Abraham Lincoln: Vampire Hunter: Interview with Tim Burton, Seth Grahame-Smith, and Timur Bekmambetov
“Abraham Lincoln: Vampire Hunter” explores the secret life of our 16th president and the untold story that shaped our nation. Visionary filmmakers Tim Burton and Timur Bekmambetov (Director of “Wanted”) bring a fresh voice to the bloodthirsty lore of the vampire, imagining Lincoln as history’s greatest hunter of the undead. At the same time, “Abraham Lincoln: Vampire Hunter” presents the Great Emancipator as the country’s first superhero. Bekmambetov had previously helmed the box-office smash “Wanted” and before that, “Night Watch” and “Day Watch,” which offered compelling portraits of vampires in a world both familiar and fantastic. Together with screenwriter Seth Grahame-Smith, Burton and Bekmambetov brought the film to life.
Early Attraction to the Story
Bekmambetov: I immediately reacted to the story because it was so clean, simple and powerful.
Burton: Lincoln’s entire life mirrors the classic comic book superhero mythology. It’s a duality — during the day he’s the president of the United States; at night, a vampire hunter… [Lincoln's character in the film] was ordinary and extraordinary at the same time… It sounded like the kind of movie I wanted to see. It felt like it could have the crazy energy of the films of my youth, which had a lot of weird mash-ups of horror movies.
Grahame-Smith: Lincoln’s life story is an archetypal superhero origin story. He’s as close to an actual superhero as this country’s ever seen. Forget about vampires. Lincoln had neither family name nor money. His mother died when he was a youngster. In fact, everybody he loved had died. With no education, and armed with just his mind, he became president and saved the nation.
Presenting the Characters to the Audience
Grahame-Smith: Everything had to be presented in a very straightforward way. We never wink at the audience; not even once. Tim Burton really supported us and protected that vision… marked the bicentennial of Lincoln’s birth, and many of the bookstores on my promotional tour [for his previous tome Pride and Prejudice and Zombies] had two displays: one featured books about Lincoln’s life; the other was a vampire-themed display, including the “Twilight” and Sookie Stackhouse books [upon which the television show “True Blood” was based]. It led me to think about combining the two subjects.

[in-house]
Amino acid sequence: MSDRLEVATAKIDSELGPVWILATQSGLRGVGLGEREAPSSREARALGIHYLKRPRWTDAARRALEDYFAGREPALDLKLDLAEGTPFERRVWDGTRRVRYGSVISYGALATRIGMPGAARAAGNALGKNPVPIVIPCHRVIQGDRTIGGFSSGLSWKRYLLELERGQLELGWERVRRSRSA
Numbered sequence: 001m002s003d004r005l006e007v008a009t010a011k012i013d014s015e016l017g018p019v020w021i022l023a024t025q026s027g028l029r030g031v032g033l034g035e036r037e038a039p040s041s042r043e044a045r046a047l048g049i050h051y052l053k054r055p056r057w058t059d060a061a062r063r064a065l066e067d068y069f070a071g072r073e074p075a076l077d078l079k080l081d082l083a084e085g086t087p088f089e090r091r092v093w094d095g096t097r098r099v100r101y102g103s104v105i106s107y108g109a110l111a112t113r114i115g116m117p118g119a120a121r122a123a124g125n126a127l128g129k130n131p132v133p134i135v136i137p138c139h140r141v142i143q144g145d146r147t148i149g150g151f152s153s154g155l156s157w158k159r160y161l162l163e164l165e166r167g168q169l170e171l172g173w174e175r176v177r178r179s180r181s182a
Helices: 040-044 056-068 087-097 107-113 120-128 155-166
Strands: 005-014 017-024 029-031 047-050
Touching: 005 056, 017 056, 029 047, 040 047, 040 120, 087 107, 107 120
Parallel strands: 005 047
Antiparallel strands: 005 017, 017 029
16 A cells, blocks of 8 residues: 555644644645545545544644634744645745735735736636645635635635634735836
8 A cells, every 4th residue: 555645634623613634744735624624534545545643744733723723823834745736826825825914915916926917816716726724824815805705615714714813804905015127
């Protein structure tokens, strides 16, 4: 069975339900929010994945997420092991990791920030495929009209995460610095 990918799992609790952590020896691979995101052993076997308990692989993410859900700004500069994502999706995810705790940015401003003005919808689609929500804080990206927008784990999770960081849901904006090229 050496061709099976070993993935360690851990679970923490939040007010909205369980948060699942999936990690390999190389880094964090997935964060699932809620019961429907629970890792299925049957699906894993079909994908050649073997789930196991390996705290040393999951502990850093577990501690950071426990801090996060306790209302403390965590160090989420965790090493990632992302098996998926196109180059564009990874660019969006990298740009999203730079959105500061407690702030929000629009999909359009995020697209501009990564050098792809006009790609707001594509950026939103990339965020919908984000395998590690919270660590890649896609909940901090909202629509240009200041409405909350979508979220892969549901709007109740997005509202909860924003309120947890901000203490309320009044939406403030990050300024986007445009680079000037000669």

Burton: We took everyday objects of that era and gave them a twist. Everyone is familiar with muskets, bayonets and axes, but nobody had thought of turning them into a single weapon.
Grahame-Smith: The vampires in our movie aren’t romantic or funny, and they certainly don’t sparkle. Our vampires are bloodthirsty and cunning – and most frightening of all, they’ve become a part of the fabric of everyday life, working as blacksmiths, pharmacists, and bankers.
Burton: The human side is always the most important thing. And the character has to have a sense of humor because no one could survive as a vampire hunter without it.
Grahame-Smith: [Lincoln] could be the life of the party, and was an exciting and entertaining man. I think he’d love our movie.
Collaboration and Perspective
Burton: I wanted to see Timur’s version of this story! A big plus was that Timur is from another country, so he provides a different perspective on these characters and historical events.
The Film’s Main Character, Abraham Lincoln (Ben Walker)
Burton: [Walker] brings humanity and a mischievous quality, which felt very real, to the role.
The Film’s Antagonist, Adam (Rufus Sewell)
Burton: If you cast off your moral assumptions, then all Adam wants is a place where he and those like him can call home. He wants freedom for his kind, but of course that comes at a horrible cost for so many.
Grahame-Smith: [With Adam’s character], I wondered what it would be like to live for hundreds of thousands of years – to have been around since the building of the pyramids. What kind of personality would emerge from that eternal existence?
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